TSSP ExSci 2022 projects

The main component of the summer program is an active participation in the selected Science research project offered by the staff members of the Nicolaus Copernicus University, please see the topics and their descriptions below. Interested students are welcome to contact possible advisors for more details concerning the foreseen projects and discuss the dates that the project could be undertaken.

Astronomy / Astrophysics:

Automatics / Robotics:

Computer science:

Mathematics:

Physics:


Astronomy / Astrophysics

Stellar mass / Infrared Luminosity relation out to redshift ~7


The goal of the project is to use a sample of ~300k star- forming galaxies in order to find the average values of the IR luminosity as a function of the stellar mass. The student will bin the data in redshift and stellar mass and stack in the far-IR Herschel and JCMT maps. The resulting relations will be used in order to derive the average values of the IR luminosity for the vast majority of the star-forming galaxies population, for which it cannot be detected directly.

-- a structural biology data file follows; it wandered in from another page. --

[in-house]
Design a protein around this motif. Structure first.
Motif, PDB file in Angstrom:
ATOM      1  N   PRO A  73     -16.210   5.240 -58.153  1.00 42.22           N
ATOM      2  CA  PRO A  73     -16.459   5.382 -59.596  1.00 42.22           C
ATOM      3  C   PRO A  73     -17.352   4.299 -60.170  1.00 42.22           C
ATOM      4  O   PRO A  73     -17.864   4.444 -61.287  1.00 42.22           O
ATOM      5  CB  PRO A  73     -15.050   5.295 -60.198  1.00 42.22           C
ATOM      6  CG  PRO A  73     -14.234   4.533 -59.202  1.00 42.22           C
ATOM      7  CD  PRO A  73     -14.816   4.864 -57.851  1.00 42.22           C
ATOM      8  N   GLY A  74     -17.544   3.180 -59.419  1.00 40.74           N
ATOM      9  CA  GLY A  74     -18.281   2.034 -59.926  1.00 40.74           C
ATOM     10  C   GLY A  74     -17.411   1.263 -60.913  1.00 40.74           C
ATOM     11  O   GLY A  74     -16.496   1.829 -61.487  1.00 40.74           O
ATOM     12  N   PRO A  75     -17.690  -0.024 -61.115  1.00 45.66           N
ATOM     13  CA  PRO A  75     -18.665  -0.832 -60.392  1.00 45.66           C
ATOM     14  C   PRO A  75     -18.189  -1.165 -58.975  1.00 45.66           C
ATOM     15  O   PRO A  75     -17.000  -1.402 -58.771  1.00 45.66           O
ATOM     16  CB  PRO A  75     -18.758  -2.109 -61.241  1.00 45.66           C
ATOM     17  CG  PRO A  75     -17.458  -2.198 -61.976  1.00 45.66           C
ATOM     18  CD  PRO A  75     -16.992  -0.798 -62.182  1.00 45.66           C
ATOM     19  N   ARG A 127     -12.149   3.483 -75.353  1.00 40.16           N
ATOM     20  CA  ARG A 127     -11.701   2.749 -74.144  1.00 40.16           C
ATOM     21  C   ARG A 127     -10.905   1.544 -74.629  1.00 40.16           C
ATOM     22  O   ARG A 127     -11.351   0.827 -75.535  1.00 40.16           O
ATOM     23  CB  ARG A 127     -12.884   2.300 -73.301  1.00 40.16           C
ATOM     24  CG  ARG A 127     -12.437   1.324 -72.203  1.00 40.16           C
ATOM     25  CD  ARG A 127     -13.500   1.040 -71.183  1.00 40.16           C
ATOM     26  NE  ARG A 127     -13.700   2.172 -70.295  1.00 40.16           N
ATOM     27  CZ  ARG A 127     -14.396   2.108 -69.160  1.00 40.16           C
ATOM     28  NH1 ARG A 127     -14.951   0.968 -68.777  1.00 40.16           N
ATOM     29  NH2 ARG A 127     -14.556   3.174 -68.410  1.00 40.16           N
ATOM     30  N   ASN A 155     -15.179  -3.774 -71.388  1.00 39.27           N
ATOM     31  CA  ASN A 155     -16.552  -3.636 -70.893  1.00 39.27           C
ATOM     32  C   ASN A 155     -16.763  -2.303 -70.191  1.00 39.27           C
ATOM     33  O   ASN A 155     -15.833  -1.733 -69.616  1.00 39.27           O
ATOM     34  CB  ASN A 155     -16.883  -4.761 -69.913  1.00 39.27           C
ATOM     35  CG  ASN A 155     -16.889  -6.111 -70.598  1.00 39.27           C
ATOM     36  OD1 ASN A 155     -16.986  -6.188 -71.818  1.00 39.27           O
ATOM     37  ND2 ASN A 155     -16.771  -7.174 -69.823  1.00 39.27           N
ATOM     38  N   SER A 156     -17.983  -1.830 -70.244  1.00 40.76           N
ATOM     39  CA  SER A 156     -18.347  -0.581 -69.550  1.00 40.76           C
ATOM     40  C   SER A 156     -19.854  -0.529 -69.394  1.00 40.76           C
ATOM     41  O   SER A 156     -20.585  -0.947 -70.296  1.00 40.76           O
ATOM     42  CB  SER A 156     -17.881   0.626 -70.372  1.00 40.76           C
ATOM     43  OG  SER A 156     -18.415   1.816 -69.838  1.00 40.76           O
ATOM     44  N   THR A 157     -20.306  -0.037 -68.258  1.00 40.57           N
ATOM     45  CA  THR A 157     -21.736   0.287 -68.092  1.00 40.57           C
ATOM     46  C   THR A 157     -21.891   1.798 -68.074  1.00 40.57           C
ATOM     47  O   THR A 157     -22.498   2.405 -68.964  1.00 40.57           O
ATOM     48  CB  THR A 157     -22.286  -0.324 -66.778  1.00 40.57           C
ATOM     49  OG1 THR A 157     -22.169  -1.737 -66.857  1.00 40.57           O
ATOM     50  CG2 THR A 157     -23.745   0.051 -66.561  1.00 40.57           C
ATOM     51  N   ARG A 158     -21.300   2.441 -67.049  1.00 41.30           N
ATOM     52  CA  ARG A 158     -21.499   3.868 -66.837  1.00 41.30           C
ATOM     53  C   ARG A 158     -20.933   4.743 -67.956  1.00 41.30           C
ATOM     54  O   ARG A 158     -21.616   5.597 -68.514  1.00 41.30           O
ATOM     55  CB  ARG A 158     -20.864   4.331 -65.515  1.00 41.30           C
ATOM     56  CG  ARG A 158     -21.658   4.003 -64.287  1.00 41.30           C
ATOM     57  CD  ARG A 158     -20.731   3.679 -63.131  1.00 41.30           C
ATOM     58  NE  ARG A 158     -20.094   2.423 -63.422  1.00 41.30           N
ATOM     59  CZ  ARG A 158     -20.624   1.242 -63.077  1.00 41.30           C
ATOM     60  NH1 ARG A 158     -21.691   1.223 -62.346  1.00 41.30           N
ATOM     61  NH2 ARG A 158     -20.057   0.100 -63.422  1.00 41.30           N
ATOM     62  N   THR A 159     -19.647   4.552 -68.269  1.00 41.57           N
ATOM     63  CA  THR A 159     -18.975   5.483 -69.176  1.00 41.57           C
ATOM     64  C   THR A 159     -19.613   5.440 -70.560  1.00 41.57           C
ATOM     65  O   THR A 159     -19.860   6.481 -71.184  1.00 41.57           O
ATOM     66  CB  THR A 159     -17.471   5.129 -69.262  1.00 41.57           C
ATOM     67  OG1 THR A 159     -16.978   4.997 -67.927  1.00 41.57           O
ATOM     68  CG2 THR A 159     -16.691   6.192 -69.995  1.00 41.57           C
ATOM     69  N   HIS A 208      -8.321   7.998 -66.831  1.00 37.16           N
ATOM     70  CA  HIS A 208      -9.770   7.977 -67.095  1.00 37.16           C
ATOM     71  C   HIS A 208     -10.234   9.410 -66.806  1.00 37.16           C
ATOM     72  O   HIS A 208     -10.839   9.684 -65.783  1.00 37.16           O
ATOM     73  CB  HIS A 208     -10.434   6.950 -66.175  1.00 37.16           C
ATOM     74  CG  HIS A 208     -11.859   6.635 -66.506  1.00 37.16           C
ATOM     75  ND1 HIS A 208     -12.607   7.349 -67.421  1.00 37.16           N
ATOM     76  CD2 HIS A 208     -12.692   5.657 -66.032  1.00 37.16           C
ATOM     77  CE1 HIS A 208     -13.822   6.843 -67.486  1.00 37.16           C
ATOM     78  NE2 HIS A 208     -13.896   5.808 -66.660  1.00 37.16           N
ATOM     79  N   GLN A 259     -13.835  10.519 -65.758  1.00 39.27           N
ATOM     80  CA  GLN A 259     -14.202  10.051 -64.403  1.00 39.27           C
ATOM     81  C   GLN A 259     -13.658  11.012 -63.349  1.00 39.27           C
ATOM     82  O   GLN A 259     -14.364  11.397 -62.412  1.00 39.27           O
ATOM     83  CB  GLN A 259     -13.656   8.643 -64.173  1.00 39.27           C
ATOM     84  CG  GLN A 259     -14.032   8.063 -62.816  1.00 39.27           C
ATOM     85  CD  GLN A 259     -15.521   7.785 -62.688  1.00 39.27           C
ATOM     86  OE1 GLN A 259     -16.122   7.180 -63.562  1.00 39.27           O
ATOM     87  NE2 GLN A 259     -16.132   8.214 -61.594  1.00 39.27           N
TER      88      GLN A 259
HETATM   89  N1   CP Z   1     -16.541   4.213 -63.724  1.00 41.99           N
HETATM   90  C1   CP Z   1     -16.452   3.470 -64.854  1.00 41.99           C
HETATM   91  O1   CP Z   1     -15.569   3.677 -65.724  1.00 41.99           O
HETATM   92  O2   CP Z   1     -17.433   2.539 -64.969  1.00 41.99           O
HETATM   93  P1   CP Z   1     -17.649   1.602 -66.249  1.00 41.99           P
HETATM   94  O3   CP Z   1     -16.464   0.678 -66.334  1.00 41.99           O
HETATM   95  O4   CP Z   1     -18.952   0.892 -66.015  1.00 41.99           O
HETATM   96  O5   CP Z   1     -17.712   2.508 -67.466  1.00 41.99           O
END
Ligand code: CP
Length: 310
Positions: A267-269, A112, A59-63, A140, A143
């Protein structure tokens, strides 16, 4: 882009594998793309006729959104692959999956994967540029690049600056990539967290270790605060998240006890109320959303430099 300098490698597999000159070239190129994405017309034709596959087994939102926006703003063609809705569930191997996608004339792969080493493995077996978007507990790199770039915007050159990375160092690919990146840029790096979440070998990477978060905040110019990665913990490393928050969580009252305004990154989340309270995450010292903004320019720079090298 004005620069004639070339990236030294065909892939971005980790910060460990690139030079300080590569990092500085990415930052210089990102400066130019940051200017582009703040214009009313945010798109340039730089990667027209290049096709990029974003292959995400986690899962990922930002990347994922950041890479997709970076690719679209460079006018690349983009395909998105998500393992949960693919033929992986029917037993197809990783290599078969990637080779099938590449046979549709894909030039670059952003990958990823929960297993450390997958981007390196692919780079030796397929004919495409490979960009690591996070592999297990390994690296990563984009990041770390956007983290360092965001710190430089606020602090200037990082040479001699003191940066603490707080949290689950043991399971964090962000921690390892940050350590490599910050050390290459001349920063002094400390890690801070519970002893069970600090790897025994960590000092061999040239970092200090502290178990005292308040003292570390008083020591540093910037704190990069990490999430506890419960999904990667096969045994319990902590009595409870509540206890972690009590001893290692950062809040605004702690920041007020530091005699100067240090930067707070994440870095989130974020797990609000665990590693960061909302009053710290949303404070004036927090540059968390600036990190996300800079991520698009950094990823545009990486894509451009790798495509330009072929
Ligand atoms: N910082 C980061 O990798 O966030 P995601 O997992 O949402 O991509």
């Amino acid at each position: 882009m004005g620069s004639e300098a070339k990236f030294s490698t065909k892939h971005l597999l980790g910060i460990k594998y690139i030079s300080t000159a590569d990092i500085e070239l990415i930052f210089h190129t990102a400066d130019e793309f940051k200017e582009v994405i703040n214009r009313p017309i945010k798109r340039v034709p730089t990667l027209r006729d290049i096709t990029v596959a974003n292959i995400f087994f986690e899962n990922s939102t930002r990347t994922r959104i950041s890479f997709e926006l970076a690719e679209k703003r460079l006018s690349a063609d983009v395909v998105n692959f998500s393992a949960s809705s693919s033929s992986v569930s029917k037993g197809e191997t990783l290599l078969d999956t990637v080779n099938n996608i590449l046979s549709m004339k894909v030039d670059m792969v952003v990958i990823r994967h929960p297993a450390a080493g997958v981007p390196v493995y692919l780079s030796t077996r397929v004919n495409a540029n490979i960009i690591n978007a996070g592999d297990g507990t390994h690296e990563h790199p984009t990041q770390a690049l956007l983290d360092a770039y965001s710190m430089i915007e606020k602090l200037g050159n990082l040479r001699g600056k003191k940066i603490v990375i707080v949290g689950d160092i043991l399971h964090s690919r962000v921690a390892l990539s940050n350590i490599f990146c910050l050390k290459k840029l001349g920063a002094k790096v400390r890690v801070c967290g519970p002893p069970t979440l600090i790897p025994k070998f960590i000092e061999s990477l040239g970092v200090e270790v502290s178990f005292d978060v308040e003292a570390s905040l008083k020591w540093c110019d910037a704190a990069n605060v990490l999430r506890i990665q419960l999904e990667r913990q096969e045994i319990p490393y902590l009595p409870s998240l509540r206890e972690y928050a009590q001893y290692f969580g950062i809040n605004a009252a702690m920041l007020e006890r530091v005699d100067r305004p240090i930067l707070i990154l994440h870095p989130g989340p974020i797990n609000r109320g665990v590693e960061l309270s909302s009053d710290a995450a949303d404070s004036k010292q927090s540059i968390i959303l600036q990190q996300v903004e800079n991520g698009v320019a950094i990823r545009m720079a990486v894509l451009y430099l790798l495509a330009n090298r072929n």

Supervisor: Maciej Koprowski (mkoprowski[at]fizyka.umk.pl)
Time: 1 – 29 June 2022

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Automatics / Robotics

PC-based control of Kinova Gen3 redundant robot arm using Linux


The mission is to explore low-level control features of Kinova Gen3 robot arm using Kortex and ROS Kortex Api in Linux. Project requires C++ experience. The plan of the work is as follows:
  1. Software installation and configuration:
    1. Setting up Ubuntu operating system.
    2. Installation of required packages making it possible to use Kortex API.
  2. Testing communication with a robot.
  3. Exploring Github examples.
  4. Implementation of grabbing objects depending on geometric size and color using color and depth streams.
  5. Implementation of low-level position control and acquisition of robot arm data using 1 kHz loop.